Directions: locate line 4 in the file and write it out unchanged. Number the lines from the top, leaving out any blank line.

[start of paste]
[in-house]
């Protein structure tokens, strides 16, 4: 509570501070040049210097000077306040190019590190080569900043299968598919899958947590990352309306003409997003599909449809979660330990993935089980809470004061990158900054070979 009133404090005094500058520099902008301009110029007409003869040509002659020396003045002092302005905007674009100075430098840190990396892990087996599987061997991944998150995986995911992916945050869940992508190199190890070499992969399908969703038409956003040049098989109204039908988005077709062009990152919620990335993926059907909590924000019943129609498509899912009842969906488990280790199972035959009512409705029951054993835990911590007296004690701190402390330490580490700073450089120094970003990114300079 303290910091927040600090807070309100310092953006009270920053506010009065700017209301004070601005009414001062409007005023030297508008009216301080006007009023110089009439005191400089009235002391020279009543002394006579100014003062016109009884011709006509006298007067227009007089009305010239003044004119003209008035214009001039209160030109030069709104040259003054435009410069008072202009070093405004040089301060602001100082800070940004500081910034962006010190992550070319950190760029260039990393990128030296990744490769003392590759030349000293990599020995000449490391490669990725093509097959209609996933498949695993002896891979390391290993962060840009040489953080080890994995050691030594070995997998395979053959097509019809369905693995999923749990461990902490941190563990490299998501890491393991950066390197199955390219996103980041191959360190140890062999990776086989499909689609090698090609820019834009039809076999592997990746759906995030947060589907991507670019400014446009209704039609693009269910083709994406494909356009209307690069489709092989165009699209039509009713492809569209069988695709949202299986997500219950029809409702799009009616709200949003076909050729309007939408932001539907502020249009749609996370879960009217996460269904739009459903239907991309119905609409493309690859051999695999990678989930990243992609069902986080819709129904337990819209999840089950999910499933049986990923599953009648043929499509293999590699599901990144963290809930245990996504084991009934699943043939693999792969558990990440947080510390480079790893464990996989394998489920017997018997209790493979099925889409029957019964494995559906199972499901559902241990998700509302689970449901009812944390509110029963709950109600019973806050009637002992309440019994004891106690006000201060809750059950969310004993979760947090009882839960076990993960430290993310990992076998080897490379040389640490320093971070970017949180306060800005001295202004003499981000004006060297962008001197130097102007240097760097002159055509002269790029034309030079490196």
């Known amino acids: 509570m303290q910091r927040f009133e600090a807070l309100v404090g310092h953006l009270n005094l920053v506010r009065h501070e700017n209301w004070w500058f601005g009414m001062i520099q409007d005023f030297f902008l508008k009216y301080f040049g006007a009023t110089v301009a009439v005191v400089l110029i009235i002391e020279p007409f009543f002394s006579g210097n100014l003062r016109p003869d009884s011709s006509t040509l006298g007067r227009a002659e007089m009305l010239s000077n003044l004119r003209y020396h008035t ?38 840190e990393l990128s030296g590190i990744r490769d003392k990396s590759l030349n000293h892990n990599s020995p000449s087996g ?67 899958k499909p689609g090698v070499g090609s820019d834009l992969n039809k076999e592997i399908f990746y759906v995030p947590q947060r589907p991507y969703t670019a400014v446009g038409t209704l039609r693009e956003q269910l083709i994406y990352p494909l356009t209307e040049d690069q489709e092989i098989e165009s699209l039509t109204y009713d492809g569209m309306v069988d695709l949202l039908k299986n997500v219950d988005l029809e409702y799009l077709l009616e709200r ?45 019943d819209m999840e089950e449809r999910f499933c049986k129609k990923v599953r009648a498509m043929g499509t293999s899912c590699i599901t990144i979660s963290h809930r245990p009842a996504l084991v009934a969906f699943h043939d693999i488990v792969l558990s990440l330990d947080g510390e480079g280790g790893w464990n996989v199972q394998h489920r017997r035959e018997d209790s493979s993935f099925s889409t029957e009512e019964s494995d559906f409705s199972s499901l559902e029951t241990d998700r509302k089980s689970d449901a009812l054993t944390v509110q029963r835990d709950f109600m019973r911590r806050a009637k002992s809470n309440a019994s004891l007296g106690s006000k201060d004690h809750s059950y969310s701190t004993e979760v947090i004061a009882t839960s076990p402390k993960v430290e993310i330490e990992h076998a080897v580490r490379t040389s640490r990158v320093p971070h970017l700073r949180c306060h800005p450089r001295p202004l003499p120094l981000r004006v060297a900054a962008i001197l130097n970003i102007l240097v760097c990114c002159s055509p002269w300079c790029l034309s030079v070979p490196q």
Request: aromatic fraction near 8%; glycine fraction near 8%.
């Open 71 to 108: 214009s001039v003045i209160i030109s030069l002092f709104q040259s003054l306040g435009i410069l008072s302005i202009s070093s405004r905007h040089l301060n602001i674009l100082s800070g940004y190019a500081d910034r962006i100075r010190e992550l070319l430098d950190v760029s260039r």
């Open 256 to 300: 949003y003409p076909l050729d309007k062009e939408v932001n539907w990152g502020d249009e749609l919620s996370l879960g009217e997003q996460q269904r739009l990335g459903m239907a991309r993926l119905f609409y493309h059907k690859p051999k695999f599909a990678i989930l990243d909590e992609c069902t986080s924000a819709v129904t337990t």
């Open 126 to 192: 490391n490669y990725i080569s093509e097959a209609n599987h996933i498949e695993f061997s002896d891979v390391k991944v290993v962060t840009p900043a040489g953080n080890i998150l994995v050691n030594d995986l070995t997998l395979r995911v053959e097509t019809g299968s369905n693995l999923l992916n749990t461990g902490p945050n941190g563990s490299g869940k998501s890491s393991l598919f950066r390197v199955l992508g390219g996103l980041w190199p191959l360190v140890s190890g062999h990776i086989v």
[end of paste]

Request: aromatic fraction near 8%; glycine fraction near 8%.